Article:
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4th Sunday in Lent ~ Lætare – 18 March 2012

Opening Voluntary:  Glorificamus – John Redford (1491-1547)

At the Communion: “Remember not, O Lord” – Thomas Tallis (1505-1585), Transcription from the Mulliner Book (c. 1570)

Concluding Voluntary: La Doune Cella – Anon. from the Mulliner Book (c. 1570)

Our early organ music series this Lent takes us this week to Tudor England.  Spanning the period of the early English reformation and the lives of the British monarchs Henry VIII, Edward VI, Mary I and Elizabeth I, this time witnessed great changes in church music, and it must be admitted that the English organ suffered greatly during this chaotic epoch.  Prior to the reformation, there had existed many organs in churches in England.  Most had at least one, and some had two or more organs.  If the church was fortunate enough to have more than one, the main organ was usually located in or near the nave, and the other often was placed in the Lady chapel for use in special services dedicated to the Virgin.  English organs of this period were relatively simpler than their European counterparts.  Most had a single manual, a limited keyboard compass and few stops. None had pedals. Increasingly through the times of the early reformation, the use of organs in worship came to be regarded as superstitious and “popish.” The progressive disuse  of the organ in England culminated in a later wholesale destruction after parliamentary edicts. As a result, no organ from this period survives today, although recent efforts are underway to reconstruct instruments of this time based on texts and surviving fragments.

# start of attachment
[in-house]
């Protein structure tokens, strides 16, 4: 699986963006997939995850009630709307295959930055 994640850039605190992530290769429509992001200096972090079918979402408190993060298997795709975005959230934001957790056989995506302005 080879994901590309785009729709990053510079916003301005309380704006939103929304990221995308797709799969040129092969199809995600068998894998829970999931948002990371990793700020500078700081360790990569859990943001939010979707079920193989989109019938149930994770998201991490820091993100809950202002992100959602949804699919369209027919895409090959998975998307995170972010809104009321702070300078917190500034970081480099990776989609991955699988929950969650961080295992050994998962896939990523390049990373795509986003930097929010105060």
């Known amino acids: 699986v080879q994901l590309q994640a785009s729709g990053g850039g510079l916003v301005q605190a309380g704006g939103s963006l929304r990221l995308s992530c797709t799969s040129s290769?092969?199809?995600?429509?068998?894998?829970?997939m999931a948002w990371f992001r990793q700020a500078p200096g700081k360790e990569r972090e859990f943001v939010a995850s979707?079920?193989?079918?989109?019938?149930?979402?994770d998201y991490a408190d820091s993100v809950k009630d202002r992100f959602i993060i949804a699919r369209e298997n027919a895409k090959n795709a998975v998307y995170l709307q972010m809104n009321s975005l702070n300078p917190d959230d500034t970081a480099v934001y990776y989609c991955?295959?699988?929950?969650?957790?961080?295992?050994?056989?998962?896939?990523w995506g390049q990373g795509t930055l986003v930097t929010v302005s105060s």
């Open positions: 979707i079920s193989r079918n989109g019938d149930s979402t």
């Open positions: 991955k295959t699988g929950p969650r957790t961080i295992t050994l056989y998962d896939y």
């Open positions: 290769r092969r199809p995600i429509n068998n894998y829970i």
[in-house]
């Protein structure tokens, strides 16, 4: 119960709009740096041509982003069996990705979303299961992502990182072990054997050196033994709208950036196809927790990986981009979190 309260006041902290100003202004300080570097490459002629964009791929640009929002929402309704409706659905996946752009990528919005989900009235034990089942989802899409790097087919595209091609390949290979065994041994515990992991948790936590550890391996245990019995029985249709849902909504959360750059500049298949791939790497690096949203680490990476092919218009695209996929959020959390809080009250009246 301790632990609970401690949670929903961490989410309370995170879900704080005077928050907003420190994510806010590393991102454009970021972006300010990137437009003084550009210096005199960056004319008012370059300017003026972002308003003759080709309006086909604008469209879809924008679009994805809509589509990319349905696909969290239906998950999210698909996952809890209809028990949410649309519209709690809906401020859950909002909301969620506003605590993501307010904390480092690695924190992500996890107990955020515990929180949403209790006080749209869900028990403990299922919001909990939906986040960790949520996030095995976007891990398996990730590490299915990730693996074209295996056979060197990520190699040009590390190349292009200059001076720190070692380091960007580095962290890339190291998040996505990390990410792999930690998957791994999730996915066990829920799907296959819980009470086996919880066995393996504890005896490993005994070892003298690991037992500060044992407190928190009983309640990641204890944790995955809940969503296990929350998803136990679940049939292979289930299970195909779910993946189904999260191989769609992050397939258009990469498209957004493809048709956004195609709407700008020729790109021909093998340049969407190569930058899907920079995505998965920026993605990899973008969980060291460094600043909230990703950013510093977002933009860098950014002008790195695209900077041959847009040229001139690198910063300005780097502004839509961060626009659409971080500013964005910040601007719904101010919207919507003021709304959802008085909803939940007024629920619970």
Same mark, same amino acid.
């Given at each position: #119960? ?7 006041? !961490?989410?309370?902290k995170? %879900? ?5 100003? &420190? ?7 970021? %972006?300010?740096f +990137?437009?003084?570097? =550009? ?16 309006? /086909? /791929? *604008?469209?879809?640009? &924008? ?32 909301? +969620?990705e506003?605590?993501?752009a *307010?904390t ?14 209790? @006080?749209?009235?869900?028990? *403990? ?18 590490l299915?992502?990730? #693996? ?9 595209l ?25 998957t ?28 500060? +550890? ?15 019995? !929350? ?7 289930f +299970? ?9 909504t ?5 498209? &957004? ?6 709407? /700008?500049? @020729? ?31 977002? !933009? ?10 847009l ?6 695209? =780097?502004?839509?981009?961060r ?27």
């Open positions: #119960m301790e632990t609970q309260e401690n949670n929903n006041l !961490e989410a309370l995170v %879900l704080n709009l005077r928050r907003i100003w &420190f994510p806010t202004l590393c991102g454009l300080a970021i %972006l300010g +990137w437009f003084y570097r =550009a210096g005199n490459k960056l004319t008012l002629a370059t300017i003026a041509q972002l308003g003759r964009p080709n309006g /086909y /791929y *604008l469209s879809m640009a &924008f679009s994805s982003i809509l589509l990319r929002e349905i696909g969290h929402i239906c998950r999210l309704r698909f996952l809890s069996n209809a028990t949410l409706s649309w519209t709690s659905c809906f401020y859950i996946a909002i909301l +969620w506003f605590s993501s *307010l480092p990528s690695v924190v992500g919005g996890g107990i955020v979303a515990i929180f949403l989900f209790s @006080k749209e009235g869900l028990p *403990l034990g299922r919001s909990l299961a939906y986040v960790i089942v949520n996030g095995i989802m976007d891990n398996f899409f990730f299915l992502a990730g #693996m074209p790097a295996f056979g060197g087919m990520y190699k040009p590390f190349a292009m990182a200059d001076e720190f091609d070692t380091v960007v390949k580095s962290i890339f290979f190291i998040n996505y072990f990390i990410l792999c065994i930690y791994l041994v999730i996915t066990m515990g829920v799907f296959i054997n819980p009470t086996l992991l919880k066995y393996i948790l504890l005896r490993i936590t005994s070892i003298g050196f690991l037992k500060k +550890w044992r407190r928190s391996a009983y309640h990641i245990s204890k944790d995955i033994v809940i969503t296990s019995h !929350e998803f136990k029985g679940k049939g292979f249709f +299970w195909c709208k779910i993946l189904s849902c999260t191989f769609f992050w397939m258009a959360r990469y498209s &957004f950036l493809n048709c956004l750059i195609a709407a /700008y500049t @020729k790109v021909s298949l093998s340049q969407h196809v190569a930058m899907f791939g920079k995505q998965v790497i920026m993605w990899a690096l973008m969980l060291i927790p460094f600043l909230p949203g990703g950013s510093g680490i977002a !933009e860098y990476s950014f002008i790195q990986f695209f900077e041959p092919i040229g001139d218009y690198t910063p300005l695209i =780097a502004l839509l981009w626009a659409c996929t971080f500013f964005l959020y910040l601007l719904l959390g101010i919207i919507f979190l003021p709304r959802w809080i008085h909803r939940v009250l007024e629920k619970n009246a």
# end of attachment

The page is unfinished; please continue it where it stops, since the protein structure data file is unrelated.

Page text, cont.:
‘Lord what work was here! What clattering of glasses! What beating down of walls! What tearing up of monuments! What pulling down of seats! What wresting out of irons and brass from the windows! What defacing of arms! What demolishing of curious stonework! What tooting and piping upon organ pipes! And what a hideous triumph in the market-place before all the country, when all the mangled organ pipes, vestments, both copes and surplices, together with the leaden cross which had newly been sawn down from the Green-yard pulpit and the service-books and singing books that could be carried to the fire in the public market-place were heaped together.’ – Bishop Joseph Hall of Norwich, 1643